Read more about the initiative at the website of Cotton Inc, the recycling partner of American Eagle.
Wednesday, 12 October 2011
The show has gone from strength to strength since it's launch in 2009, and this year promises to build massively on the groundswell of support for ethical fashion - a groundswell that the EFF has done an awful lot to ferment.
As well as a wide range of exhibitors, a special pavilion will showcase work from designers that have shown themselves to be innovative in the way they source and manufacture their clothes. The EFF also go out of their way to offer space to designers who'd otherwise struggle to access a platform for their work - a vital stop for those of us interested in the cutting edge of sustainable fashion.
With seminars and product displays highlighting the dizzying range of ethical fashion options, Source Expo is going to be one you can't miss.
It's on next Monday and Tuesday at Sadler's Wells, in London's fashionable Covent Garden. For more info and to snag tickets, check out the Source Expo website.
See you there!
Monday, 10 October 2011
Welp, looks like autumn is finally with us, or if not it's just texted to say it's on the bus, round the corner and can we get it a pint. Which means I can finally start focussing on autumn clothes.
These little beauties, the Francesina Alta boots from Italian designer Forest Of Gingko, are giving off the right "tramping through piles of leaves in the forest" vibe. Made from vegetable-tanned, chemical free leather sourced from animals that have died naturally, they boast a casual modern chic that's somehow timeless.
They're robust enough to wear through the season, and the double-stiched soles can easily be replaced - making these a sustainable investment that'll last you for years. None of which makes them cheap, of course. You'll be looking at the €500 mark for a pair.
But boy, can I ever see myself truffle-hunting in them...
You can check out the Francesina Alta, and other shoes in the collection, at SlamJam.
Friday, 7 October 2011
Wayne Hemingway, founder of Red Or Dead, is running a new company dedicated to corporate upcycling, Worn Again. They already have contracts with Eurostar and the Royal Mail, providing bags made from old uniforms.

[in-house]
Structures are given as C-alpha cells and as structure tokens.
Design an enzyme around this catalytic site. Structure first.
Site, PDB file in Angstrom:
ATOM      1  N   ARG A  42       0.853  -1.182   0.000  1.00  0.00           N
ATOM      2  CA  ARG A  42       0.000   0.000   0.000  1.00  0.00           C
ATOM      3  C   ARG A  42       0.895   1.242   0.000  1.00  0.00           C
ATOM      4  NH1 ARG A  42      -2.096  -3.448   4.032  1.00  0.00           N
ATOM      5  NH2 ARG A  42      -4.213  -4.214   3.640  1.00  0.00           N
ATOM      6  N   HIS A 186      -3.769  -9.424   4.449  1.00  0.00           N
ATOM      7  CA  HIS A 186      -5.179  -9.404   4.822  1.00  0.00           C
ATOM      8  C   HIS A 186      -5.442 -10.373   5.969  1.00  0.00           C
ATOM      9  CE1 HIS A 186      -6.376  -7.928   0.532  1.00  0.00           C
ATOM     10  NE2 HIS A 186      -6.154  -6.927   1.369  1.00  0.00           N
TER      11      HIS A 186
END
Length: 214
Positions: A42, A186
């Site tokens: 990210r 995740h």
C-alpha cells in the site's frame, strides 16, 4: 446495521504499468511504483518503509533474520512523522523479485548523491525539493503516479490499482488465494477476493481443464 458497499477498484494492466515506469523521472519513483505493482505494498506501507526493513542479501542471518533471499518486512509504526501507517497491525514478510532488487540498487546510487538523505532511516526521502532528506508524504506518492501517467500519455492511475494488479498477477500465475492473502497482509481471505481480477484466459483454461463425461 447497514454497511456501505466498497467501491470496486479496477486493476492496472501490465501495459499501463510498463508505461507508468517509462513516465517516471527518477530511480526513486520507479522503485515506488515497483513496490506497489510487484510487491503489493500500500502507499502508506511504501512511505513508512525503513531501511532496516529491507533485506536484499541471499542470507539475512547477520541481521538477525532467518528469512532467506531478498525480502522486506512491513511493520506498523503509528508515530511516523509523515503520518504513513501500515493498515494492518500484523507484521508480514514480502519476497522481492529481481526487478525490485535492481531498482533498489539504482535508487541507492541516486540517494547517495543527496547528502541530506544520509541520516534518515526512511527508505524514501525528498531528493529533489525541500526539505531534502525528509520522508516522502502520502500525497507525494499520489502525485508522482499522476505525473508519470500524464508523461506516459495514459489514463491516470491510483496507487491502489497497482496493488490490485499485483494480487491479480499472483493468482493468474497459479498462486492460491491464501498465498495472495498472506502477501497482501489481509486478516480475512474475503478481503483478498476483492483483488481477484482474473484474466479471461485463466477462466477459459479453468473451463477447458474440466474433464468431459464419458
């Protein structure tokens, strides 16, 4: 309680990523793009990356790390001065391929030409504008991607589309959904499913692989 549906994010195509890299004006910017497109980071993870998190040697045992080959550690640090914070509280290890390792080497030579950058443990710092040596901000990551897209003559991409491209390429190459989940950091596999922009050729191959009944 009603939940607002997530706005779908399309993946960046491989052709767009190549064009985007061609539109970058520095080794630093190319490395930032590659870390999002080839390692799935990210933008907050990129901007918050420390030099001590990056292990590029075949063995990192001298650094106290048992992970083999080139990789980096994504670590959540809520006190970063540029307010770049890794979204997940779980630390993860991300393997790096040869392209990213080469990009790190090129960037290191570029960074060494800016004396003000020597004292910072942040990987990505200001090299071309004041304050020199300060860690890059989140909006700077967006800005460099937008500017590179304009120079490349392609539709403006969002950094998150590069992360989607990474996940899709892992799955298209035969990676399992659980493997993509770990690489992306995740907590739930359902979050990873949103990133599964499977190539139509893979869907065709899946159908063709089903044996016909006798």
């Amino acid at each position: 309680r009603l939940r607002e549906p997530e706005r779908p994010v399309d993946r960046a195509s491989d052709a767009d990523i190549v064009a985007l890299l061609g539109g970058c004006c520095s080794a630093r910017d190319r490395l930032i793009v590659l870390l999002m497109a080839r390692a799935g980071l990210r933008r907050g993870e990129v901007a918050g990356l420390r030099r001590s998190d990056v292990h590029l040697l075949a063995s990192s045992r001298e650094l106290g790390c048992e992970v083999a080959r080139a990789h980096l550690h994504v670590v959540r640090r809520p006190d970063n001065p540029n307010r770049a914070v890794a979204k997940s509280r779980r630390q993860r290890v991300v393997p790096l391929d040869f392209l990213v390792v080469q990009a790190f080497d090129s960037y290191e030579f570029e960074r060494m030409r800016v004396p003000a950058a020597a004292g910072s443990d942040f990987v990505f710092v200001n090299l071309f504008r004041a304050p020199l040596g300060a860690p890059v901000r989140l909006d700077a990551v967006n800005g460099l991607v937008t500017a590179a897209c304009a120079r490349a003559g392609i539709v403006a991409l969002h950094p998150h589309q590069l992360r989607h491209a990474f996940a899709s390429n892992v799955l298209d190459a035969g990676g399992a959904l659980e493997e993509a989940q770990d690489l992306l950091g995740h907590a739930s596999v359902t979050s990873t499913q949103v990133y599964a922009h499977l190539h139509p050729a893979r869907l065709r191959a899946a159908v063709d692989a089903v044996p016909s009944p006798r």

In a ground-breaking move, Hemingway and his team have been given a free hand to design a fully recyclable uniform for McDonald's 85,000 staff members. Mickey D claims to be the first company in the UK to commit to a closed-loop system for corporate clothing, as part of a massive effort to green up their image.
The new uniforms will be rolled out in time for the Olympics, launching at four sites in the Olympic Park before rolling out across the company's 1200 restaurants. This is clearly a big deal for the future of cradle-to-cradle thinking. If a company as big and ugly as McDonalds can see the benefits, then we could be on the cusp of a paradigm shift. Sustainable thinking becoming the norm, a practical business decision rather than a PR exercise.
Tuesday, 4 October 2011
I'm afraid I'm going to get a bit theoretical on you this morning. I want to talk about a phrase that's becoming one of the core ideas behind sustainable industry - the concept of Cradle To Cradle.
The idea is pretty simple, and familiar to most of us. It takes the industrial process (in which you source materials and make products from them using manufacturing techniques) and maps it onto the way things work in the natural world. Materials are viewed as nutrients. Manufacturing becomes a metabolism which is fuelled and sustained by these nutrients. The goal is to create closed loops, where the materials and processes used can be fed back into the system, as recycled products or nutrients. Of course, for this to work the materials have to be high quality, and unlikely to cause damage to the system as a whole. In cradle-to-cradle, toxic waste is a no-no.
Let's think about shoes, as an example of what I'm talking about. Say a nice looking Converse-style trainer. Not that I'm obsessed with nice looking Converse-style trainers or anything like that. In a cradle-to-cradle factory, shoes would be made using materials that can either be recycled or reused. The manufacturing process would take rubber offcuts that would normally be thrown away and use them to make more soles for the shoes. In a more extreme version of the model, you would not buy the shoe: you would effectively rent it for a fraction of the cost of buying it outright. Once it's worn out, you would simply return the shoe to the manufacturer, where it would be taken apart and it's materials rolled back into the closed loop.
Taking the example of the Oat Shoe that I've discussed previously, you would plant the shoe once you're done with it, returning it to the environment with the added benefit of flowers growing out of the seeds that were embedded in the sole. There's no reason those seeds couldn't be food crops, either. Plant a shoe, get a salad.
Or look at an example that Pier 32 offers: the fleece made from shredded plastic drinks bottles. Returning waste into the system in an innovative and profitable way is at the core of cradle-to-cradle thinking.
None of this is particularly ground-breaking. But taking the ideas and principles that make sustainability work and putting them into a proper theoretical framework allows users at every point in the supply chain, from supplier to manufacturer to customer, to examine the work flow in an informed way and be able to suggest changes. The closed loop is always open to new ideas.
You can read more than you ever thought you needed to know about cradle-to-cradle at it's Wikipedia page.